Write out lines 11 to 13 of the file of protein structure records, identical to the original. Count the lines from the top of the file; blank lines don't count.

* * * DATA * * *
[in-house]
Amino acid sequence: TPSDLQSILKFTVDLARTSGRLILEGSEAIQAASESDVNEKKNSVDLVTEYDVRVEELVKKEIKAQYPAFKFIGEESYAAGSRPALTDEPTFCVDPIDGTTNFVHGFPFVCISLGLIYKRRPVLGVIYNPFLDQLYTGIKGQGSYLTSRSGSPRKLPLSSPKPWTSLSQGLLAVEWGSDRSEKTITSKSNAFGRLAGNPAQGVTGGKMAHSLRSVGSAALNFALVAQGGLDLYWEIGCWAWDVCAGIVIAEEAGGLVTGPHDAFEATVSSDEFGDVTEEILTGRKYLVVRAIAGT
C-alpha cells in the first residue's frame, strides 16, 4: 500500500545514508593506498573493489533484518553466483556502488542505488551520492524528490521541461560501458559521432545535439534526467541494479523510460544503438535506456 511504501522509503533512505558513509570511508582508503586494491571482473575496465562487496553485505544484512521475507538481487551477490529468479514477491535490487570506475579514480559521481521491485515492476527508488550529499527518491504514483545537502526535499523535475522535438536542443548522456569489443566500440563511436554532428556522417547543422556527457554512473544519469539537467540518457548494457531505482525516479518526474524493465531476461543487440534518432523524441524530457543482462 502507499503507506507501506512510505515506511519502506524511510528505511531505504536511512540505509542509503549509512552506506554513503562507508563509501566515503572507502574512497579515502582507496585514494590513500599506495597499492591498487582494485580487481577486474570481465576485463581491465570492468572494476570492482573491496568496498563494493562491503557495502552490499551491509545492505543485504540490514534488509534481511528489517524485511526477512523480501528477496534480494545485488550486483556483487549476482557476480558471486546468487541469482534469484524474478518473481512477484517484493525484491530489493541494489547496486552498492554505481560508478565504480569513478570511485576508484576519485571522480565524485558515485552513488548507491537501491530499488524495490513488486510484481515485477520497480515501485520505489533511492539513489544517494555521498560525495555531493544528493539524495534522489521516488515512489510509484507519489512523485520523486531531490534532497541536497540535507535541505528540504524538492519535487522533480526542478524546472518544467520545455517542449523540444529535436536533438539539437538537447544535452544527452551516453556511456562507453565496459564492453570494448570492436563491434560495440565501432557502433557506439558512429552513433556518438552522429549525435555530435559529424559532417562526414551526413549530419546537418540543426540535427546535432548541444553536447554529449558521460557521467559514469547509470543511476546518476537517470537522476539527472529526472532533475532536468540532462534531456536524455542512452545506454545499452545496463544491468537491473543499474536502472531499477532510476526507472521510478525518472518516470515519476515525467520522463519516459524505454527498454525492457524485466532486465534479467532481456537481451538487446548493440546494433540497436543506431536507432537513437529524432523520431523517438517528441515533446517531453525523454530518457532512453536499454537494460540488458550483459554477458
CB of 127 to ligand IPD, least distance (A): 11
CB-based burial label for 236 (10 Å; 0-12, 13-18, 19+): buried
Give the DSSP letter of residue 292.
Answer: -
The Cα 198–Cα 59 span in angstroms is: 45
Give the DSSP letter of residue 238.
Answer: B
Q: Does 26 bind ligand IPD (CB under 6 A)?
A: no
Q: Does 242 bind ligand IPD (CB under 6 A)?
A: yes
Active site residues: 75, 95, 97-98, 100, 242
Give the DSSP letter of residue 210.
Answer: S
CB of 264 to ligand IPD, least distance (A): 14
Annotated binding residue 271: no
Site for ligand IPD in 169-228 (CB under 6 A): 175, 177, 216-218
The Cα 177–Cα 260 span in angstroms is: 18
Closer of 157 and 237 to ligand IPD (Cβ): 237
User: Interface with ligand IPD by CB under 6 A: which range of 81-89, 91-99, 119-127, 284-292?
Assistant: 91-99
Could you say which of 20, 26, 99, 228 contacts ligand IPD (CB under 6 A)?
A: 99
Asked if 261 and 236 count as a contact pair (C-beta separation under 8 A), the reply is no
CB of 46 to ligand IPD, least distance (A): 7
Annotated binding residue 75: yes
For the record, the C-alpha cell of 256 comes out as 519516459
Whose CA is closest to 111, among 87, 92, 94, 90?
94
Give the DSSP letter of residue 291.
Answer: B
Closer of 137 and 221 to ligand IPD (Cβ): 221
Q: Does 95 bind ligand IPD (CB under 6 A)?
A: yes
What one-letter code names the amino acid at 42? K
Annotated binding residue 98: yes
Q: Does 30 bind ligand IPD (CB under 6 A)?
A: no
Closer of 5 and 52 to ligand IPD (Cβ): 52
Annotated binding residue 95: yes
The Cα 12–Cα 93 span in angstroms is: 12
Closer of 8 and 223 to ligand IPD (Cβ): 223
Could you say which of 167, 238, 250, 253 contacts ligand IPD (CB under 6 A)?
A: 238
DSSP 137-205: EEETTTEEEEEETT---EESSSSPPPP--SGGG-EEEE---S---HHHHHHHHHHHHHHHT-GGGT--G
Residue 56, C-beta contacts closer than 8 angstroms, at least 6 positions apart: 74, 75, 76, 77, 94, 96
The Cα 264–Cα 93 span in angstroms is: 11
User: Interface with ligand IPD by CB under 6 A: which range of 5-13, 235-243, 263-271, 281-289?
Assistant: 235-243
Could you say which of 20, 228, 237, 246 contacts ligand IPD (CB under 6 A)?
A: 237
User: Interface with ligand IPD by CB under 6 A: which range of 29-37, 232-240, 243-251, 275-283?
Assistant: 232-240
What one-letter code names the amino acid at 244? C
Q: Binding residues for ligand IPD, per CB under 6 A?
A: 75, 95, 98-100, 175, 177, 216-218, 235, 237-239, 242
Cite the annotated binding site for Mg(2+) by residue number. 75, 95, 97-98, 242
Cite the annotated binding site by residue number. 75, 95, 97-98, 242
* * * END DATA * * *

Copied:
Q: Does 26 bind ligand IPD (CB under 6 A)?
A: no
Q: Does 242 bind ligand IPD (CB under 6 A)?